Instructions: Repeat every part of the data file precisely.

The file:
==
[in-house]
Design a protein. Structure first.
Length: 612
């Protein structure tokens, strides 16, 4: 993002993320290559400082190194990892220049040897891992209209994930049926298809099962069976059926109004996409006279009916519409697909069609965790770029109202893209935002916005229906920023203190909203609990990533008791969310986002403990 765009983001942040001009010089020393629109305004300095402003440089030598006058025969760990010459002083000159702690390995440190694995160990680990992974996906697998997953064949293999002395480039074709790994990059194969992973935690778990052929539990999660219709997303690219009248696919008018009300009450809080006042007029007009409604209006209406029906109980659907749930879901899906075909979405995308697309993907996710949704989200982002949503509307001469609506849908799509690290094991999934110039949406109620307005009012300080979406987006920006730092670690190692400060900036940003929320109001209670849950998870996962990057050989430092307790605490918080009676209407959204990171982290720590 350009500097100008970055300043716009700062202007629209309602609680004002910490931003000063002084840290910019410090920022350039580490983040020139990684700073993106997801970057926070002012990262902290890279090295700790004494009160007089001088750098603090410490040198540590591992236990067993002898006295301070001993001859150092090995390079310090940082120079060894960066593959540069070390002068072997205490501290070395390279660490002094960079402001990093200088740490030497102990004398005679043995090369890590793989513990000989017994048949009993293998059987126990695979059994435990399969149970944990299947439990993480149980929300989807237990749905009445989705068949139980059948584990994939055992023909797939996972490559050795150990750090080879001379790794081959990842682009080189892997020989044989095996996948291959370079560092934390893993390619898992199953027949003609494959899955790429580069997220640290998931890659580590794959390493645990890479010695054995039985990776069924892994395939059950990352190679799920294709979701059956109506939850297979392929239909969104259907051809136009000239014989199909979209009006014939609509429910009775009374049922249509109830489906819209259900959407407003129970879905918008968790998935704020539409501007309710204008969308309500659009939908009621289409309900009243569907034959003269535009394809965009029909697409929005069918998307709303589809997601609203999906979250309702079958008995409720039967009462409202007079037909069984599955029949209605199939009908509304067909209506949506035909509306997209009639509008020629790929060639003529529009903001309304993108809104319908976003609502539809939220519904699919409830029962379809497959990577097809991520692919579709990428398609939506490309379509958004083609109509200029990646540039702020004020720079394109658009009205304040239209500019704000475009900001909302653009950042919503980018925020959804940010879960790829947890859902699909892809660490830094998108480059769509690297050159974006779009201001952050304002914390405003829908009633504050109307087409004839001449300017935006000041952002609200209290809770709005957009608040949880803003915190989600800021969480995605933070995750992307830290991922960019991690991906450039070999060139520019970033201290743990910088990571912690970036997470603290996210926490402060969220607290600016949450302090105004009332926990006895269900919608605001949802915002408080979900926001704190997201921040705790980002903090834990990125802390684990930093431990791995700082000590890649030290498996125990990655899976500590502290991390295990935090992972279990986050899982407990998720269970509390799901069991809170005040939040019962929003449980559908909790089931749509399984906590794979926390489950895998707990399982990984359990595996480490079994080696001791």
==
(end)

[in-house]
Design a protein. Structure first.
Length: 612
């Protein structure tokens, strides 16, 4: 993002993320290559400082190194990892220049040897891992209209994930049926298809099962069976059926109004996409006279009916519409697909069609965790770029109202893209935002916005229906920023203190909203609990990533008791969310986002403990 765009983001942040001009010089020393629109305004300095402003440089030598006058025969760990010459002083000159702690390995440190694995160990680990992974996906697998997953064949293999002395480039074709790994990059194969992973935690778990052929539990999660219709997303690219009248696919008018009300009450809080006042007029007009409604209006209406029906109980659907749930879901899906075909979405995308697309993907996710949704989200982002949503509307001469609506849908799509690290094991999934110039949406109620307005009012300080979406987006920006730092670690190692400060900036940003929320109001209670849950998870996962990057050989430092307790605490918080009676209407959204990171982290720590 350009500097100008970055300043716009700062202007629209309602609680004002910490931003000063002084840290910019410090920022350039580490983040020139990684700073993106997801970057926070002012990262902290890279090295700790004494009160007089001088750098603090410490040198540590591992236990067993002898006295301070001993001859150092090995390079310090940082120079060894960066593959540069070390002068072997205490501290070395390279660490002094960079402001990093200088740490030497102990004398005679043995090369890590793989513990000989017994048949009993293998059987126990695979059994435990399969149970944990299947439990993480149980929300989807237990749905009445989705068949139980059948584990994939055992023909797939996972490559050795150990750090080879001379790794081959990842682009080189892997020989044989095996996948291959370079560092934390893993390619898992199953027949003609494959899955790429580069997220640290998931890659580590794959390493645990890479010695054995039985990776069924892994395939059950990352190679799920294709979701059956109506939850297979392929239909969104259907051809136009000239014989199909979209009006014939609509429910009775009374049922249509109830489906819209259900959407407003129970879905918008968790998935704020539409501007309710204008969308309500659009939908009621289409309900009243569907034959003269535009394809965009029909697409929005069918998307709303589809997601609203999906979250309702079958008995409720039967009462409202007079037909069984599955029949209605199939009908509304067909209506949506035909509306997209009639509008020629790929060639003529529009903001309304993108809104319908976003609502539809939220519904699919409830029962379809497959990577097809991520692919579709990428398609939506490309379509958004083609109509200029990646540039702020004020720079394109658009009205304040239209500019704000475009900001909302653009950042919503980018925020959804940010879960790829947890859902699909892809660490830094998108480059769509690297050159974006779009201001952050304002914390405003829908009633504050109307087409004839001449300017935006000041952002609200209290809770709005957009608040949880803003915190989600800021969480995605933070995750992307830290991922960019991690991906450039070999060139520019970033201290743990910088990571912690970036997470603290996210926490402060969220607290600016949450302090105004009332926990006895269900919608605001949802915002408080979900926001704190997201921040705790980002903090834990990125802390684990930093431990791995700082000590890649030290498996125990990655899976500590502290991390295990935090992972279990986050899982407990998720269970509390799901069991809170005040939040019962929003449980559908909790089931749509399984906590794979926390489950895998707990399982990984359990595996480490079994080696001791």